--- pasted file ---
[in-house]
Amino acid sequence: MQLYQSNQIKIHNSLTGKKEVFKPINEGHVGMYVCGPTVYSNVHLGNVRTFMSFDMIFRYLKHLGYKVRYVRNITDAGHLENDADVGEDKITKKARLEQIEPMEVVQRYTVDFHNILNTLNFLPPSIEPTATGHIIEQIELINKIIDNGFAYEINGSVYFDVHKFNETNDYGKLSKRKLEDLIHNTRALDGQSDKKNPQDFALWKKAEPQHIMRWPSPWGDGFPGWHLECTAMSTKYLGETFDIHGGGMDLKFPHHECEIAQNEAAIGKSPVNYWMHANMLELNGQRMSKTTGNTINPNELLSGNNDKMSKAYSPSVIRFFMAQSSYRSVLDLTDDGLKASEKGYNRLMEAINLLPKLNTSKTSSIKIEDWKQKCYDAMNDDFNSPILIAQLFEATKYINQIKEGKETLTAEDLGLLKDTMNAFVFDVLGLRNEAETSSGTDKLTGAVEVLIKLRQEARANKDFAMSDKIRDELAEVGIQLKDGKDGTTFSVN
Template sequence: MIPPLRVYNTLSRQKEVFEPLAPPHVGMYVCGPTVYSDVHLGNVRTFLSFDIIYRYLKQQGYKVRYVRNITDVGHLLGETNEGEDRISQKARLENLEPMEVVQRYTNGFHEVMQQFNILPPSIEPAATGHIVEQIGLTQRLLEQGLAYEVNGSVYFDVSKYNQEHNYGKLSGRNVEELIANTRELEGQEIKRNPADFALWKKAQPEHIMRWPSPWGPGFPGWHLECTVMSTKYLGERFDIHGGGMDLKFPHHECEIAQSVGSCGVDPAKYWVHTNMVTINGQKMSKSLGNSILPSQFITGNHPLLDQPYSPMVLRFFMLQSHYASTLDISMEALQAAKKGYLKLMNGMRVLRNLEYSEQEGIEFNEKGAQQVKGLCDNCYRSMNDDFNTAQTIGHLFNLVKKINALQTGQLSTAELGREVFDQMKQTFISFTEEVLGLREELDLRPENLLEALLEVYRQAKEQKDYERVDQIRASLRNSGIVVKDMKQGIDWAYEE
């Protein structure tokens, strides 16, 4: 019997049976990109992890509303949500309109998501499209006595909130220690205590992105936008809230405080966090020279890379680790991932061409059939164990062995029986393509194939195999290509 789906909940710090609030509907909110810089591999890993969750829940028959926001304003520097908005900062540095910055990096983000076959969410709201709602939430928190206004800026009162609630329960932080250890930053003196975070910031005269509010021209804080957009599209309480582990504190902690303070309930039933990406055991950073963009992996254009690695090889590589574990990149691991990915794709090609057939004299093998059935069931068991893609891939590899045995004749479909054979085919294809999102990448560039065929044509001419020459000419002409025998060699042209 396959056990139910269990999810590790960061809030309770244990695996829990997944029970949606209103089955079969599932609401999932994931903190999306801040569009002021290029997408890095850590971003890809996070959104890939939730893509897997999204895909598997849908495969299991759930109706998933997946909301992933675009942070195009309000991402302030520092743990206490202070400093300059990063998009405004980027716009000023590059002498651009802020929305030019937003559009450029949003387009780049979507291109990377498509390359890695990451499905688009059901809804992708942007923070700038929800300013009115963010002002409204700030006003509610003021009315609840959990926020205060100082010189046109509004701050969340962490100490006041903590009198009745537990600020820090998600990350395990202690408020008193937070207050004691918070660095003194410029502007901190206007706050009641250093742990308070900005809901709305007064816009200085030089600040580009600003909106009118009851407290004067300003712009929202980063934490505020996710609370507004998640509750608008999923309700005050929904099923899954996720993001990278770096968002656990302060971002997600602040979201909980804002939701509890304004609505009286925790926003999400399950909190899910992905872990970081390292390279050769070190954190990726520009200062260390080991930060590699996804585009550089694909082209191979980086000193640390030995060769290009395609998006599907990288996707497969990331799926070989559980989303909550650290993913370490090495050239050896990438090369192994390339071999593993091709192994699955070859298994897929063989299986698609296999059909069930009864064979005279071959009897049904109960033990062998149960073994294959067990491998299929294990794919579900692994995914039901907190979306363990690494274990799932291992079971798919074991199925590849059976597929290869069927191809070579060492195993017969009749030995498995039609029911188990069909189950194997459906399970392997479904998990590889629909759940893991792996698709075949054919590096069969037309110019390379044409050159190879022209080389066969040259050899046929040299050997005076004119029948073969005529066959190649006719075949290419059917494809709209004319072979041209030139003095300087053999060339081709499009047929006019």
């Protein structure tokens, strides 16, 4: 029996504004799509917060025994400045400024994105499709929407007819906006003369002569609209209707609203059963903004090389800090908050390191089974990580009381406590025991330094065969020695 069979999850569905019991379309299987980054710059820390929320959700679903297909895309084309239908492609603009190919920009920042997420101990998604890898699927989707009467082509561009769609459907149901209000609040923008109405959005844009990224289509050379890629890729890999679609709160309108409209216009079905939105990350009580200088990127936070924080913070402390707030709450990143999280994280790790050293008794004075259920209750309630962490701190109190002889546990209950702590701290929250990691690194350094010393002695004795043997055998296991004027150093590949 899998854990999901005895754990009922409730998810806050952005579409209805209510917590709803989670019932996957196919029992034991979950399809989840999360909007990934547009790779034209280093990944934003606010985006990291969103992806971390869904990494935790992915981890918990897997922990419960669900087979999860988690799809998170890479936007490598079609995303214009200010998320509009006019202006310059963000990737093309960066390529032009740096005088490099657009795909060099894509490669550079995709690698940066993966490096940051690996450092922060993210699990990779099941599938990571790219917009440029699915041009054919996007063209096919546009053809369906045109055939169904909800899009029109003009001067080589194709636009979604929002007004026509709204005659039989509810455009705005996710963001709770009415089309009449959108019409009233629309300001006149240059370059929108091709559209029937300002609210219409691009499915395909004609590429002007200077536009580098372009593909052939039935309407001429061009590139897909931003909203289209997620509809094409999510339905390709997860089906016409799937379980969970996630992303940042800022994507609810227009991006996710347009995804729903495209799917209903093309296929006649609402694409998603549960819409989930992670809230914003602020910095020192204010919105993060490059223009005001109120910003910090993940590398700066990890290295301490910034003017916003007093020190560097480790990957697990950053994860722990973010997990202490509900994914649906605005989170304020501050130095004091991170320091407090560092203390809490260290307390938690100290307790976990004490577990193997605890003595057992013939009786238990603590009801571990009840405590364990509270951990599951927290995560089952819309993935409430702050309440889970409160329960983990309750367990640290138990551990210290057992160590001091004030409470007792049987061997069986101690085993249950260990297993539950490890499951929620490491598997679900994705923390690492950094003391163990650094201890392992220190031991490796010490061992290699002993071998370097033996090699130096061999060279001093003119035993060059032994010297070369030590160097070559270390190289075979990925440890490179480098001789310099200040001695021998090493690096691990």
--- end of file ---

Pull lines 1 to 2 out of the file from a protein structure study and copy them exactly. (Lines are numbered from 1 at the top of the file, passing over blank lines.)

[in-house]
Amino acid sequence: MQLYQSNQIKIHNSLTGKKEVFKPINEGHVGMYVCGPTVYSNVHLGNVRTFMSFDMIFRYLKHLGYKVRYVRNITDAGHLENDADVGEDKITKKARLEQIEPMEVVQRYTVDFHNILNTLNFLPPSIEPTATGHIIEQIELINKIIDNGFAYEINGSVYFDVHKFNETNDYGKLSKRKLEDLIHNTRALDGQSDKKNPQDFALWKKAEPQHIMRWPSPWGDGFPGWHLECTAMSTKYLGETFDIHGGGMDLKFPHHECEIAQNEAAIGKSPVNYWMHANMLELNGQRMSKTTGNTINPNELLSGNNDKMSKAYSPSVIRFFMAQSSYRSVLDLTDDGLKASEKGYNRLMEAINLLPKLNTSKTSSIKIEDWKQKCYDAMNDDFNSPILIAQLFEATKYINQIKEGKETLTAEDLGLLKDTMNAFVFDVLGLRNEAETSSGTDKLTGAVEVLIKLRQEARANKDFAMSDKIRDELAEVGIQLKDGKDGTTFSVN